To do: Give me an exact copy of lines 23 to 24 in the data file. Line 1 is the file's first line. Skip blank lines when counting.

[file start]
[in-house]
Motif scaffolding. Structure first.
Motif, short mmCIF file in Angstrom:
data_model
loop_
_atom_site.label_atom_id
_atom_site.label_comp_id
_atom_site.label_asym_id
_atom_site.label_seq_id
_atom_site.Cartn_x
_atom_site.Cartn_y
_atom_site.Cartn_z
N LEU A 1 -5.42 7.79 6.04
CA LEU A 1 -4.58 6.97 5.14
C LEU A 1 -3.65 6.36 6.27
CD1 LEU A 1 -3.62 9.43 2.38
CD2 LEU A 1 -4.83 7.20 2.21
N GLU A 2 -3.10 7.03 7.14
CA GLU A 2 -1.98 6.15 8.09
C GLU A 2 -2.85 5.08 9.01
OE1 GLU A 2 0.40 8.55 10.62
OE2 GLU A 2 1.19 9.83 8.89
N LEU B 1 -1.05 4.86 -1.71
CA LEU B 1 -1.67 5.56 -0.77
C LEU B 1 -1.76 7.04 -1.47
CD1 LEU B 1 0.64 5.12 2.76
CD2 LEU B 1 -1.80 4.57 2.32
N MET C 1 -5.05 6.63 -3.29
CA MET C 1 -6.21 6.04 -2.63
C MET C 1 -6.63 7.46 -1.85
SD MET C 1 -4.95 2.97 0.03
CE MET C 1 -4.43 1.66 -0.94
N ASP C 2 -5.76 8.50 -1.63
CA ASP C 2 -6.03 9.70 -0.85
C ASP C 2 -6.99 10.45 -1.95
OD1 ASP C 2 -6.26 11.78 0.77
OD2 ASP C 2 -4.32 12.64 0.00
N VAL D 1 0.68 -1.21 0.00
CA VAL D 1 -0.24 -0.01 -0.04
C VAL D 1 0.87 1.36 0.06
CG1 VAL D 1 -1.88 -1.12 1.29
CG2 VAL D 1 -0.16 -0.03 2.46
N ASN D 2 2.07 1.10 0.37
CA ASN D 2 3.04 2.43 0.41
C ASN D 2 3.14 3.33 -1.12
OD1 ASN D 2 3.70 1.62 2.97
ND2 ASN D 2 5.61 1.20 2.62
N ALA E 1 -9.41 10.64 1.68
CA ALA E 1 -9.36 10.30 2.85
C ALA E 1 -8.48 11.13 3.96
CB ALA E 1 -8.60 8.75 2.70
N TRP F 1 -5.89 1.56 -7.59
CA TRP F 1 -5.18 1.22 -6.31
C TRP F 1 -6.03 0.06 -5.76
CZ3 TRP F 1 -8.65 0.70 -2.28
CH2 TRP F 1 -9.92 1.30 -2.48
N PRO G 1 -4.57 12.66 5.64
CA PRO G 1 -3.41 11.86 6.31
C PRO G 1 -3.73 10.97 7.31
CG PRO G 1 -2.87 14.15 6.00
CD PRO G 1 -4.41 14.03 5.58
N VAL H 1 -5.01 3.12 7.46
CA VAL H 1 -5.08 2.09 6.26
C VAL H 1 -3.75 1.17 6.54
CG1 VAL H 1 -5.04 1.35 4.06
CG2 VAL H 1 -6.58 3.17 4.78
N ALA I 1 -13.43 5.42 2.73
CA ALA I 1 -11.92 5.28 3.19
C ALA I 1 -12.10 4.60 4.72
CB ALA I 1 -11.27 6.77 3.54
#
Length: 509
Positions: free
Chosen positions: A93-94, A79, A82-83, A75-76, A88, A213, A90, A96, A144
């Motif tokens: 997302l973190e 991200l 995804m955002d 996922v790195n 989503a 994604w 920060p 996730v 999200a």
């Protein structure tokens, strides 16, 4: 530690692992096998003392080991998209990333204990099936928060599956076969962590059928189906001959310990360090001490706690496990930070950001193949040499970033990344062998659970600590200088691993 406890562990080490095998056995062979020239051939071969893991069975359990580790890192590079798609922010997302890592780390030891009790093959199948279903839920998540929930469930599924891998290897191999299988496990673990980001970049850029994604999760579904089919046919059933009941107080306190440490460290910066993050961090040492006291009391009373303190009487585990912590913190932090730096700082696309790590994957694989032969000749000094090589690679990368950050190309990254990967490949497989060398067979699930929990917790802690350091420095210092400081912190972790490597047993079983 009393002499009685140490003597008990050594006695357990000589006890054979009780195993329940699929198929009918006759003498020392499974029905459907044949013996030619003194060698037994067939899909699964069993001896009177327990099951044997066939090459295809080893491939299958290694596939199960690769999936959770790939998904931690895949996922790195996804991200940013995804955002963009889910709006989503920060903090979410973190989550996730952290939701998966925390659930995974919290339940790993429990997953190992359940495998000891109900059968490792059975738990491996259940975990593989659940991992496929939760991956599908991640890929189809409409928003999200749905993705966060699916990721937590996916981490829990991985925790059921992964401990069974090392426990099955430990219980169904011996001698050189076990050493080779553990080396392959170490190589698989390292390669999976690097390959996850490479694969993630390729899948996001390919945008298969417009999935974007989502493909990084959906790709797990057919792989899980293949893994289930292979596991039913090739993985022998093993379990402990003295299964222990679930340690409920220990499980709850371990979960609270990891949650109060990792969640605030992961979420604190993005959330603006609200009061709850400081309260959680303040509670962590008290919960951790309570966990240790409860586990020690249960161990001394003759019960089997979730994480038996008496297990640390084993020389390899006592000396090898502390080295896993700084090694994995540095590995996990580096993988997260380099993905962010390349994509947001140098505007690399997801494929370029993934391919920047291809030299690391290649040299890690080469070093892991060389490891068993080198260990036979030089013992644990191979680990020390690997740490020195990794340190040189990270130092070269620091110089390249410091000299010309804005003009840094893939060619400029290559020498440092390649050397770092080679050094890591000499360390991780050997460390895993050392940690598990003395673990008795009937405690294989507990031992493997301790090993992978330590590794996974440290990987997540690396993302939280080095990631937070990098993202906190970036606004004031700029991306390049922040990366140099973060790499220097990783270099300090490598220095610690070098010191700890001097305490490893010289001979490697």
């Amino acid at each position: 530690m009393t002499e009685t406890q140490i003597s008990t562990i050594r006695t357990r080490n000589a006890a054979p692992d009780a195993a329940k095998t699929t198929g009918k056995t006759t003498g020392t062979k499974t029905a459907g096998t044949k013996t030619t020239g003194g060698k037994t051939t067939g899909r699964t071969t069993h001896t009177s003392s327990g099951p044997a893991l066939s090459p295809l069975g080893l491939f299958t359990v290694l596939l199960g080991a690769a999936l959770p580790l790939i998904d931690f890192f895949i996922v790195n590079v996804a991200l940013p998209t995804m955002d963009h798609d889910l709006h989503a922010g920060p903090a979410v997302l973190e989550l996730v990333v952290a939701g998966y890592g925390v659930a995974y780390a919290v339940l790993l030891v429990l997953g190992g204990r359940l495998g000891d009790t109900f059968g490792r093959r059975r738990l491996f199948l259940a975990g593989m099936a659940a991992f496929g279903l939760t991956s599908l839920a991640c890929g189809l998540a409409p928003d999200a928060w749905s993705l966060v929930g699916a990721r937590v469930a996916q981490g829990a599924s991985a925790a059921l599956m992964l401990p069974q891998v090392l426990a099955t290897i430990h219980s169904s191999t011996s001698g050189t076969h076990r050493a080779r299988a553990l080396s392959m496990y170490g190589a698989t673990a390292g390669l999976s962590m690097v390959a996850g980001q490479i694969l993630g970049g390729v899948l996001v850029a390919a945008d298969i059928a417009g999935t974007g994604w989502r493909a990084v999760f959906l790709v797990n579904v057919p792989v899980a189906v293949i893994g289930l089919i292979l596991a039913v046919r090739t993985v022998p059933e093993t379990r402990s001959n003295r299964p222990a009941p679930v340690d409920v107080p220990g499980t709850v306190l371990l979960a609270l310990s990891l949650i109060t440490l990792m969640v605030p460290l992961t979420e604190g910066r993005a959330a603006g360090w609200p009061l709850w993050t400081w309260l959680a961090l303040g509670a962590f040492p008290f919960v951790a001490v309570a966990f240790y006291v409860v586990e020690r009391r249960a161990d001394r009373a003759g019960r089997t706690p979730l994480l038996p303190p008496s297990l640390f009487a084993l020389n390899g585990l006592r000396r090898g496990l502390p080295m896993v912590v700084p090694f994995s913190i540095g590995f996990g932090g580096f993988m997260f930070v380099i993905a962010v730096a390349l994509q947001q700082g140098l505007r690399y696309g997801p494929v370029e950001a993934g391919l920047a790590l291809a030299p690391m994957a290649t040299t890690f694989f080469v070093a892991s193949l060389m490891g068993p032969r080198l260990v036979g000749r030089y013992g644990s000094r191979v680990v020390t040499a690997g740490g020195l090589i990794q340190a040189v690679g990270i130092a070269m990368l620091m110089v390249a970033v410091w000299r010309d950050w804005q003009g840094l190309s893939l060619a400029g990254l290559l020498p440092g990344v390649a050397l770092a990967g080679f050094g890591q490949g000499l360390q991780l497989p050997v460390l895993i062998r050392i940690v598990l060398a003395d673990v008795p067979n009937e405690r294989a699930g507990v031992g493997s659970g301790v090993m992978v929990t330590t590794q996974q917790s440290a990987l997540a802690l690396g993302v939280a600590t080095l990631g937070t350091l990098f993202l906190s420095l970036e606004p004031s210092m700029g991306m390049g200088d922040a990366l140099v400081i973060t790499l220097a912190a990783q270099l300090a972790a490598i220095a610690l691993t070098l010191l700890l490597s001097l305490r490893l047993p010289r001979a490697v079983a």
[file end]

N LEU B 1 -1.05 4.86 -1.71
CA LEU B 1 -1.67 5.56 -0.77